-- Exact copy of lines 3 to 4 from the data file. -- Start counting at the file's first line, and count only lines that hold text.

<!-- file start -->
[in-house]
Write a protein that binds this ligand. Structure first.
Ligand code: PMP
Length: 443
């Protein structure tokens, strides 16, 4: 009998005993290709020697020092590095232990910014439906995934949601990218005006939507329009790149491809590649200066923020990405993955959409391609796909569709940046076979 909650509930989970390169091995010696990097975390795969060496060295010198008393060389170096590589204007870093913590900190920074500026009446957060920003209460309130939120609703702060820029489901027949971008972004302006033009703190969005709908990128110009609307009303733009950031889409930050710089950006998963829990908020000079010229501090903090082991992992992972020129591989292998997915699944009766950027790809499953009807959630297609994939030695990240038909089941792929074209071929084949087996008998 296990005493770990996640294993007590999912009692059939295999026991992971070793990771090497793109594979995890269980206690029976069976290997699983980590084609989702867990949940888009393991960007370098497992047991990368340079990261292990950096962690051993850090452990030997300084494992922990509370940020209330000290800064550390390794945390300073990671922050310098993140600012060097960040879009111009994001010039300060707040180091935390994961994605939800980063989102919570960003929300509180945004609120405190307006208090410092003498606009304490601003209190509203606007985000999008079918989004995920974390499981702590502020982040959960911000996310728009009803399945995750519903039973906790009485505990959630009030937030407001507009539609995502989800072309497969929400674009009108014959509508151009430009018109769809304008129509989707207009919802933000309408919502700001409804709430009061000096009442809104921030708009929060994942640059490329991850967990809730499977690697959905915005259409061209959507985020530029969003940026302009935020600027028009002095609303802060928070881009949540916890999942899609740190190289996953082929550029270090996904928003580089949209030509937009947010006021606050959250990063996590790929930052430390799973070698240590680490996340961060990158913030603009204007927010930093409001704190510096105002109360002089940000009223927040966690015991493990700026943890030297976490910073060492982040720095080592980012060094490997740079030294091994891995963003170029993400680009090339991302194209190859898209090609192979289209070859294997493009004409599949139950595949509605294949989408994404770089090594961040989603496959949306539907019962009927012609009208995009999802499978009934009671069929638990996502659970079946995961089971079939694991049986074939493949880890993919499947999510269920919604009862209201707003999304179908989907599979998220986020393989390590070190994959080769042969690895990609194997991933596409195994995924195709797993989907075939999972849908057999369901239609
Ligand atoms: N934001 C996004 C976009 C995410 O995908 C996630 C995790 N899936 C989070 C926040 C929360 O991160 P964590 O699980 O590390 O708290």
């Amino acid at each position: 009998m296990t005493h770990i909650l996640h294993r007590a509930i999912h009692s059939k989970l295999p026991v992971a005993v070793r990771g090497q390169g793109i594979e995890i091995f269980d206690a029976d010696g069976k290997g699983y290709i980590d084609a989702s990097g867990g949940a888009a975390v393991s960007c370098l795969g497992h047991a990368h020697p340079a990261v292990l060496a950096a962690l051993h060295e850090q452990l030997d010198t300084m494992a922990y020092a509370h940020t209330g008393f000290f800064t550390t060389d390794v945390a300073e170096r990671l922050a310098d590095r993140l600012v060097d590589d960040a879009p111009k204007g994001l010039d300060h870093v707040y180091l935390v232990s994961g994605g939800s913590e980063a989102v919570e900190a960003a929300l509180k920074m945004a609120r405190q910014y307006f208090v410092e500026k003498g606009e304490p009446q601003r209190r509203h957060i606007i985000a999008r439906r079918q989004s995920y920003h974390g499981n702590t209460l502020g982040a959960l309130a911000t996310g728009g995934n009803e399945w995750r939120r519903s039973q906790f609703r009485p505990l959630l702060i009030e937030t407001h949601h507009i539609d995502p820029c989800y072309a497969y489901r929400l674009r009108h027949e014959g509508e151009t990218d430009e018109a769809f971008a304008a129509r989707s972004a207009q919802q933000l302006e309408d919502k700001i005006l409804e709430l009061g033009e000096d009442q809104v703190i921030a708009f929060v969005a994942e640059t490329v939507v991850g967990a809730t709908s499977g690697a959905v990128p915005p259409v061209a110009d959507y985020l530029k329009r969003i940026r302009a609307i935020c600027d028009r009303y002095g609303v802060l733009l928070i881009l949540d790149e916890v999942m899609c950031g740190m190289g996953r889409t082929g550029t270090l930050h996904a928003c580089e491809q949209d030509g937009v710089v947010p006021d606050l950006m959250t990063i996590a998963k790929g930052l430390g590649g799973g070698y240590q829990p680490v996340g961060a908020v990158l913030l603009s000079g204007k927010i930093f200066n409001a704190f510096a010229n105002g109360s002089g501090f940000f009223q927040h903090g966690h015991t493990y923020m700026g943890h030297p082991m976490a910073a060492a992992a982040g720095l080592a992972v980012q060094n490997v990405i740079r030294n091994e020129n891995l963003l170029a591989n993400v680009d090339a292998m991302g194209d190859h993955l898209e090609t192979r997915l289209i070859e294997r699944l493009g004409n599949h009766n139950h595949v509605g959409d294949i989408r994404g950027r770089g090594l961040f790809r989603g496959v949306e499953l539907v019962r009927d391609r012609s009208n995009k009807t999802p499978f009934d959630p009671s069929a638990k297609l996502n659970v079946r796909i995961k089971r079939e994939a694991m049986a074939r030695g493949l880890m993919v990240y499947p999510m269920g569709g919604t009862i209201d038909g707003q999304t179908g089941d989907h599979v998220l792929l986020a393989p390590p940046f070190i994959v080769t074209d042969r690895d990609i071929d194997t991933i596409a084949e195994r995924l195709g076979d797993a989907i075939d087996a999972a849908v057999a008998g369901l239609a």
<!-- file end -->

Ligand code: PMP
Length: 443